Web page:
If your teen is about to become a parent, it can be overwhelming for both of you. How can you support her through the changes
and challenges that are ahead?
It may seem hard to believe that someone can have a child when you still consider them to be a child, but teen pregnancy does
It can be emotionally draining and very upsetting to find out that your teenager is pregnant. Most parents feel the urge to
punish their teenager as they would punish a child. Some parents blame themselves or wonder where they went wrong. Others
criticize their child and scapegoat the child's partner. Still other parents support their child emotionally as she struggles
with and makes adult decisions. It doesn't help the situation much. Your teenager has some very important decisions to make,
and it is best to set a mature example for them to follow.
Many practical issues must be considered. Will your teen keep the baby or consider adoption? If she keeps it, will she raise
the baby herself? Will she continue to go to school? Will the father be involved in the baby's life? Who will be financially
responsible for the baby?
The answers to these questions often depend on the support your teen receives. Some teens raise their child alone, some have
the involvement of the baby's father, and some rely on their families for support. As a parent, you need to think about your
own level of involvement and commitment and discuss it with your teen.
As a parent, you can have a great impact on your teen's life and on her baby's. You may still wish that she had made different
choices. But by supporting your teen, making sure she gets good prenatal care, and listening as she shares her fears and anxieties,
both of you may find that you're better parents in the long run.
Your child is probably terrified and is in need of some grown-up help. You can't turn back the clock and prevent the pregnancy
from happening, so help your teen deal with the situation by providing support. Assist them in getting the information they
need to make the right decision and offer emotional comfort.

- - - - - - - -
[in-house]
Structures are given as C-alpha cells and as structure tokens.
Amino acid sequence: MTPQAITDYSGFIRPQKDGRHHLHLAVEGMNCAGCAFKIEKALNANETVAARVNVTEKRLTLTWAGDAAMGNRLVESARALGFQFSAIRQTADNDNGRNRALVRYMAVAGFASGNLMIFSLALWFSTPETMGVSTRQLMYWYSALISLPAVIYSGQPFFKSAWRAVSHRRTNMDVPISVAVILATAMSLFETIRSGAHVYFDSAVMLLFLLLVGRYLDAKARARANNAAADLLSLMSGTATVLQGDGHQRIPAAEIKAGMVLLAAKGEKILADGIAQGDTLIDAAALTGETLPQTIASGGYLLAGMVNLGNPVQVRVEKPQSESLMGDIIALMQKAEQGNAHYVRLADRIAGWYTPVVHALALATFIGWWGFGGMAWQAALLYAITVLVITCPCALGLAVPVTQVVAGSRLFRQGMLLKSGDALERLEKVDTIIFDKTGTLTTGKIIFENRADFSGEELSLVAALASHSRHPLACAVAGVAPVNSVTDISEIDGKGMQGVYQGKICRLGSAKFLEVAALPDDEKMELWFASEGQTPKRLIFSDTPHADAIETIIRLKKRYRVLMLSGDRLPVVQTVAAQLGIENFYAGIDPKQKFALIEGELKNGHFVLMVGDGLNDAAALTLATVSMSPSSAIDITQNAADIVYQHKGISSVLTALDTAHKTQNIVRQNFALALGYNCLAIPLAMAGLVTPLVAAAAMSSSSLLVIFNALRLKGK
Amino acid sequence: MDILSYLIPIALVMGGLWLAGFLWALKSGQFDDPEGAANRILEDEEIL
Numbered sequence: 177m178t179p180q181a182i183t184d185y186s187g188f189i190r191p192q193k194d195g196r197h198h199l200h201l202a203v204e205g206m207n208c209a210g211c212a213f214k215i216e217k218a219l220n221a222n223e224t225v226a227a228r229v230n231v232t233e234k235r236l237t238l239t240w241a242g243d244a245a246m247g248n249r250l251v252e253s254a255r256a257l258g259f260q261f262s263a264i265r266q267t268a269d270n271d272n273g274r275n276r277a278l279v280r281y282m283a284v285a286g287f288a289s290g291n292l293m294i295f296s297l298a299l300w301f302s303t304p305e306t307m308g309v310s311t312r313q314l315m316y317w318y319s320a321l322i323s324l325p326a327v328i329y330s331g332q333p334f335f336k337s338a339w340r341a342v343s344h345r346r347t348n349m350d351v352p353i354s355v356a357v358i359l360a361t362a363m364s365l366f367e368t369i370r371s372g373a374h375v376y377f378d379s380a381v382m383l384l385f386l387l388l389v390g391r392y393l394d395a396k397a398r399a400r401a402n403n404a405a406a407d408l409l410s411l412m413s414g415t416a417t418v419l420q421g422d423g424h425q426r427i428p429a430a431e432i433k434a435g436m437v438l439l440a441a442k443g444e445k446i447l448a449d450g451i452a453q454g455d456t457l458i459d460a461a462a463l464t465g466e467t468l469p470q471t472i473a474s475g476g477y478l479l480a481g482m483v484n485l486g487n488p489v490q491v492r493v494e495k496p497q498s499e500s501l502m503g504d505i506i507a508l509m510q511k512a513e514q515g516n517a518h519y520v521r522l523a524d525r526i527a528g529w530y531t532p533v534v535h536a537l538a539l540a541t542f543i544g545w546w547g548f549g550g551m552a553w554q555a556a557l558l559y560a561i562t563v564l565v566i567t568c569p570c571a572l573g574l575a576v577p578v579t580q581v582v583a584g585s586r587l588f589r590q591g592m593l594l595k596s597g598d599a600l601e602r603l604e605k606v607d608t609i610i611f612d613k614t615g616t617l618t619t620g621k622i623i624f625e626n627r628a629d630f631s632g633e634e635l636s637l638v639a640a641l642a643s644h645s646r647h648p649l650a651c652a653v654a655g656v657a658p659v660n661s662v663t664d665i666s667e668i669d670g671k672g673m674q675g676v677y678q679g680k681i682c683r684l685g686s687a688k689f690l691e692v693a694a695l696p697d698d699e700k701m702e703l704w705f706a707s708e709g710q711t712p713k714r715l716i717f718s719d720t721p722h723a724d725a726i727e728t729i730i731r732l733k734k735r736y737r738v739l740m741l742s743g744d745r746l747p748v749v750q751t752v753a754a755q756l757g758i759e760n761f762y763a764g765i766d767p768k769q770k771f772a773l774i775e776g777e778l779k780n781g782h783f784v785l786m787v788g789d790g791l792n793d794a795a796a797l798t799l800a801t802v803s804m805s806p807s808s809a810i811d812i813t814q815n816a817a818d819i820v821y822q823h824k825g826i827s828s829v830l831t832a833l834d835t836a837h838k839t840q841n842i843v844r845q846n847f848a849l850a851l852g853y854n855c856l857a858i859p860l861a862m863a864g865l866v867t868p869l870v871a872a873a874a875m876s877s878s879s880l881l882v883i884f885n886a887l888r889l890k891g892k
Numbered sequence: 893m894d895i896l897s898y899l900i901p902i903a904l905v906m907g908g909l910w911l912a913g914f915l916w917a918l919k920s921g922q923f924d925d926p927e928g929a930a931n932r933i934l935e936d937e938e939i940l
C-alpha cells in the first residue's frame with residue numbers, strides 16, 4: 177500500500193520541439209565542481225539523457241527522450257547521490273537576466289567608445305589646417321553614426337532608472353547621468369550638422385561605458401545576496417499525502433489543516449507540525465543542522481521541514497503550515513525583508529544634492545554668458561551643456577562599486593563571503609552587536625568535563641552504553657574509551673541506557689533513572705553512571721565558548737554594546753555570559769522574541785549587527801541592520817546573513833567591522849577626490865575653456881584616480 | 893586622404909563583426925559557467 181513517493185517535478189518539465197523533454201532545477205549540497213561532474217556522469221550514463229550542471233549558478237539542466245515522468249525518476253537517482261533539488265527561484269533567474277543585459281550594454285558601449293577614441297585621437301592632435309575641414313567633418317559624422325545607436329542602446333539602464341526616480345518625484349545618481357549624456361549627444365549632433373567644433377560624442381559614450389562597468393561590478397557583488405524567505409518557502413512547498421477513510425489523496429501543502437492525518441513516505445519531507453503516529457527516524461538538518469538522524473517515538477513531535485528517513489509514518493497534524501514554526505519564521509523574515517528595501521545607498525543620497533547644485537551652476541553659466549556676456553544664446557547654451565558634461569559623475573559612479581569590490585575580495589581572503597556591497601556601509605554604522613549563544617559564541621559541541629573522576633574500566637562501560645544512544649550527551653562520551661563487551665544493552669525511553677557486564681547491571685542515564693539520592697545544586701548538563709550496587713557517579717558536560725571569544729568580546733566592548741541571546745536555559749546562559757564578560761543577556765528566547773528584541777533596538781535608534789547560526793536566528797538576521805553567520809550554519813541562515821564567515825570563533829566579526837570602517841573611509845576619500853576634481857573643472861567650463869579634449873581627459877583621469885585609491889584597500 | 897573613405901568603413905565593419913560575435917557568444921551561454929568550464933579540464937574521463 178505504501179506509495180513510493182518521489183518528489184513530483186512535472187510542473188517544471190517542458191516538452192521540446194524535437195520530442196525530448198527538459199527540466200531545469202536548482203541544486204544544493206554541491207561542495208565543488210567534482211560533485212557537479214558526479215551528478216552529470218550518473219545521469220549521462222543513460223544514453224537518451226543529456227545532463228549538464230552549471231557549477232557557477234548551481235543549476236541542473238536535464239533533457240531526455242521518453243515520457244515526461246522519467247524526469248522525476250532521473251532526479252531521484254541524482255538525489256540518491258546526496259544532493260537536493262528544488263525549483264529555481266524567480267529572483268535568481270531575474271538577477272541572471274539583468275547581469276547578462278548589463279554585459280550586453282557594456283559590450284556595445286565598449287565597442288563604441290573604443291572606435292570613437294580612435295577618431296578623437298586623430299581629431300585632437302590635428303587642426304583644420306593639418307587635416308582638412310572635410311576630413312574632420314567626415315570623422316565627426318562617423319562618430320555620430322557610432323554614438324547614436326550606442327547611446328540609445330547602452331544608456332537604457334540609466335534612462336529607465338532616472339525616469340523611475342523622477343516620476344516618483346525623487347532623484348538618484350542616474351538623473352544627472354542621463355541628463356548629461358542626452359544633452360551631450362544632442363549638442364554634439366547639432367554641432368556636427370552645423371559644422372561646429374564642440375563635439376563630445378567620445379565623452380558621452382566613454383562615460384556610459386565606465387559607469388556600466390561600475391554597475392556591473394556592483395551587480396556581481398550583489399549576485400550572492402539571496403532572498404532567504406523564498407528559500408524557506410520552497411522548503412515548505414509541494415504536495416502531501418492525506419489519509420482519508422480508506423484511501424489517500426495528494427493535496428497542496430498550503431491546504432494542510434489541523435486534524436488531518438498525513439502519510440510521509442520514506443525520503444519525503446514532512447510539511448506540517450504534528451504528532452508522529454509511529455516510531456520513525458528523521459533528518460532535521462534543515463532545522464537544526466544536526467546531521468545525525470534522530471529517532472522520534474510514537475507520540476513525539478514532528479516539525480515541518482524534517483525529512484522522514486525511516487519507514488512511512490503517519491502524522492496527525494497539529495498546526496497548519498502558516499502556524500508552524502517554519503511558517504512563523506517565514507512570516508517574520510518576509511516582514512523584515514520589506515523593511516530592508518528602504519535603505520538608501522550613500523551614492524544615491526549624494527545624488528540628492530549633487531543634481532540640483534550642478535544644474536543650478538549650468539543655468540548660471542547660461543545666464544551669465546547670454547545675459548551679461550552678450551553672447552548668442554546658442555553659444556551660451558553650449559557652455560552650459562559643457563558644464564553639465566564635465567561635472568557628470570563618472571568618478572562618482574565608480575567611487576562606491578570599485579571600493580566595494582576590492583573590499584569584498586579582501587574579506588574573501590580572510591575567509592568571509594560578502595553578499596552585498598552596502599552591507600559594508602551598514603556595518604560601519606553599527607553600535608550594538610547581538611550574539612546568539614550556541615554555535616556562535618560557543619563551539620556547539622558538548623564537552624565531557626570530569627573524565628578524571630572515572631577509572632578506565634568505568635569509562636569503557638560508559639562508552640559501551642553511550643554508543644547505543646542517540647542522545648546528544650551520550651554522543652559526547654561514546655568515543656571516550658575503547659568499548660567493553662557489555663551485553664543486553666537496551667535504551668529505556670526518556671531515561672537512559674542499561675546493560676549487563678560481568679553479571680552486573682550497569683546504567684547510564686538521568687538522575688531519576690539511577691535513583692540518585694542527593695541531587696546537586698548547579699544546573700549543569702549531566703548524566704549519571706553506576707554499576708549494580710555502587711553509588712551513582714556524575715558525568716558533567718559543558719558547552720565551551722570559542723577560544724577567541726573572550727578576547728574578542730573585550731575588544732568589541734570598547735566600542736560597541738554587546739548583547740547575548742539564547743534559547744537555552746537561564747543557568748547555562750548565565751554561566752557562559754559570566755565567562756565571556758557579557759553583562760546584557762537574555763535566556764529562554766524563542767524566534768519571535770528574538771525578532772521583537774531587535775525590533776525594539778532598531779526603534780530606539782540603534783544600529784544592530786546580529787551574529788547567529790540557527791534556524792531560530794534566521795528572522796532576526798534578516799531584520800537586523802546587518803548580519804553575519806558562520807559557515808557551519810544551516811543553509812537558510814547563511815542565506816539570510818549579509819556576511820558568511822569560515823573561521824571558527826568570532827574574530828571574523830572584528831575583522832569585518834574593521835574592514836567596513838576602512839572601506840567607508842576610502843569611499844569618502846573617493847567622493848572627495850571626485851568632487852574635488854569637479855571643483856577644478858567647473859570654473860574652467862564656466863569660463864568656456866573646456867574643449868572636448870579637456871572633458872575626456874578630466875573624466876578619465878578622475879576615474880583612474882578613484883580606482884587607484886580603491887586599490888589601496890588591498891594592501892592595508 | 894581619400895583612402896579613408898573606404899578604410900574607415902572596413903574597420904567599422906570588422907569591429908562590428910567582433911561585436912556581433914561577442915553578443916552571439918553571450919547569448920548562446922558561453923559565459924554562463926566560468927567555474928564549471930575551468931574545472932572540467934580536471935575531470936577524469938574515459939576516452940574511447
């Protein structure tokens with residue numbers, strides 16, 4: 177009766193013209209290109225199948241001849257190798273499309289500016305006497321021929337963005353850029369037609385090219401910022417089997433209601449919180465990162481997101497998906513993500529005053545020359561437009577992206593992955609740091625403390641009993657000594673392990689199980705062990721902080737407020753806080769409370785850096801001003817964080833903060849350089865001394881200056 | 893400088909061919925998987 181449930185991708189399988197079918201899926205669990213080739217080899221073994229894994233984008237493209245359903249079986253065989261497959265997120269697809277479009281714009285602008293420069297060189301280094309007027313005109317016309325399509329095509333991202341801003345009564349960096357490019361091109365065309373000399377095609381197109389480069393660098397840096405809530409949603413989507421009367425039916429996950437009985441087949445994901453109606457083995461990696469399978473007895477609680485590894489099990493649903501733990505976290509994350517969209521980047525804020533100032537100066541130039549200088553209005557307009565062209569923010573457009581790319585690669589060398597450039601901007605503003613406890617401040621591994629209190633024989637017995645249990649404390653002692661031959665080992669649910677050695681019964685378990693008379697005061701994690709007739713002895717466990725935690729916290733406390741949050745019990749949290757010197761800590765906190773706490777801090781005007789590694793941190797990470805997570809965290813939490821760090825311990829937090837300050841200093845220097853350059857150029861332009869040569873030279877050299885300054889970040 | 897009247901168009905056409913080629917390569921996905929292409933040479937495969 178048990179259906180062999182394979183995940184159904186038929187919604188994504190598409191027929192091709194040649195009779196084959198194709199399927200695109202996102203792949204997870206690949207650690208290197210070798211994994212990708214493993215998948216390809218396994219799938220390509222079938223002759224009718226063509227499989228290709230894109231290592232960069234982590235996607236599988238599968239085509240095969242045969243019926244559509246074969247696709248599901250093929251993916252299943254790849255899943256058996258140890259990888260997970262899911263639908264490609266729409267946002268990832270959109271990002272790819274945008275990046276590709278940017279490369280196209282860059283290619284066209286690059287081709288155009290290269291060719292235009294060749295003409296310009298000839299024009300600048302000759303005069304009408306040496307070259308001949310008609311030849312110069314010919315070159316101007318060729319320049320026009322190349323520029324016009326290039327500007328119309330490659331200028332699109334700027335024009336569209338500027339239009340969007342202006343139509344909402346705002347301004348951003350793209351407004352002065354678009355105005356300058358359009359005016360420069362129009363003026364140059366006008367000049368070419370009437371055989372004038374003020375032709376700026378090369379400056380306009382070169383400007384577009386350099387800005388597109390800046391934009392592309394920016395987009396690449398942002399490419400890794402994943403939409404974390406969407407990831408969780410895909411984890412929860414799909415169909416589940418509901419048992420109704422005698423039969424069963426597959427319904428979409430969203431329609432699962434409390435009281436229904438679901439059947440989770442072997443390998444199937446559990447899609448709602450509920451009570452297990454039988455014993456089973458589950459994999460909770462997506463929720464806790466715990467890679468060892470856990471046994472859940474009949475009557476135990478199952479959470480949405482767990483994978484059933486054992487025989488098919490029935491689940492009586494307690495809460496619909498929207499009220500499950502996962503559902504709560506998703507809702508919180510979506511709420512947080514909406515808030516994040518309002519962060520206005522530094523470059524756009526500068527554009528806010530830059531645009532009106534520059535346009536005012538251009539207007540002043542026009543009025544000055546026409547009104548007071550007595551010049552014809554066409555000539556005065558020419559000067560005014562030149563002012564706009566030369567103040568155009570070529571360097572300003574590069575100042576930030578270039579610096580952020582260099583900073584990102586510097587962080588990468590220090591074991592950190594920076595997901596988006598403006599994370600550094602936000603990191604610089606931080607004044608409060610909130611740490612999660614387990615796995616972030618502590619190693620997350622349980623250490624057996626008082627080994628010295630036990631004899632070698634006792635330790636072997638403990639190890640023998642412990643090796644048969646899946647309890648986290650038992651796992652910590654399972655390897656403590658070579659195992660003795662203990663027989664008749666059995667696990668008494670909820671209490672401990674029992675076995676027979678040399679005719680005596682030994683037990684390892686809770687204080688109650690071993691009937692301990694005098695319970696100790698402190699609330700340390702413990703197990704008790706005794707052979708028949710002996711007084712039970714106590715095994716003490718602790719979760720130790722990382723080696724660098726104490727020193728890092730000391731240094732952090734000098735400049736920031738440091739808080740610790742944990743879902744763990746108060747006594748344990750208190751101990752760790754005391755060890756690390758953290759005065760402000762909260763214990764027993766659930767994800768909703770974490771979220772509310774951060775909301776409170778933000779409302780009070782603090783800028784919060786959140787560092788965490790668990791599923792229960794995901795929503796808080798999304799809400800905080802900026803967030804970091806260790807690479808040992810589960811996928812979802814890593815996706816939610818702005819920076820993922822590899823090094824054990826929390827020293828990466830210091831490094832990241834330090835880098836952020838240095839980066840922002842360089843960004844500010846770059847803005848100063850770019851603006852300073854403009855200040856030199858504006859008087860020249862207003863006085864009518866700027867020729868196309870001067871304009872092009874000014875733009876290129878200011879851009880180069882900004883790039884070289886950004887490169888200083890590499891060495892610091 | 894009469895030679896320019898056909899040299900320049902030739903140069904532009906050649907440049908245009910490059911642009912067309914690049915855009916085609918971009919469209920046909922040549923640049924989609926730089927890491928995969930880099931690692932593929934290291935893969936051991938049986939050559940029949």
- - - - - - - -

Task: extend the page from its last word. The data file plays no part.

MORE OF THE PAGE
Signs of an Abusive Relationship The abusive partner is very controlling. He or she
calls a lot, just to check up. He or she makes all of the decisions about what the couple will do and decides whom they can
hang around with. Abusive partners will isolate their girl- or boyfriend from friends. Parents may notice that their teen
no longer hangs out with her or his friends much, only with the person she or he is dating. Abusive partners have short tempers.
They are known for getting angry and "losing it.". Some have a reputation for getting into fights. Many get worse when they
are drinking alcohol or using other drugs. Abusive partners will often belittle or put down their partner. They will say things
like, "You're fat," "You're ugly," and "No one else would have you." Abusive relationships don't start with a black eye on
the first date. Abuse is much subtler. There is a lot of emotional abuse that occurs before the first slap, push or grab.
Abusive partners usually show a lot of jealousy or possessiveness. Parents should try to help their teen understand what a
healthy relationship is. Healthy relationships are based on trust and genuine caring. If teens disclose abuse, believe them.
Make sure teens know that abuse or sexual assault is not the victim's fault. Contact a local sexual assault or domestic abuse
program for help.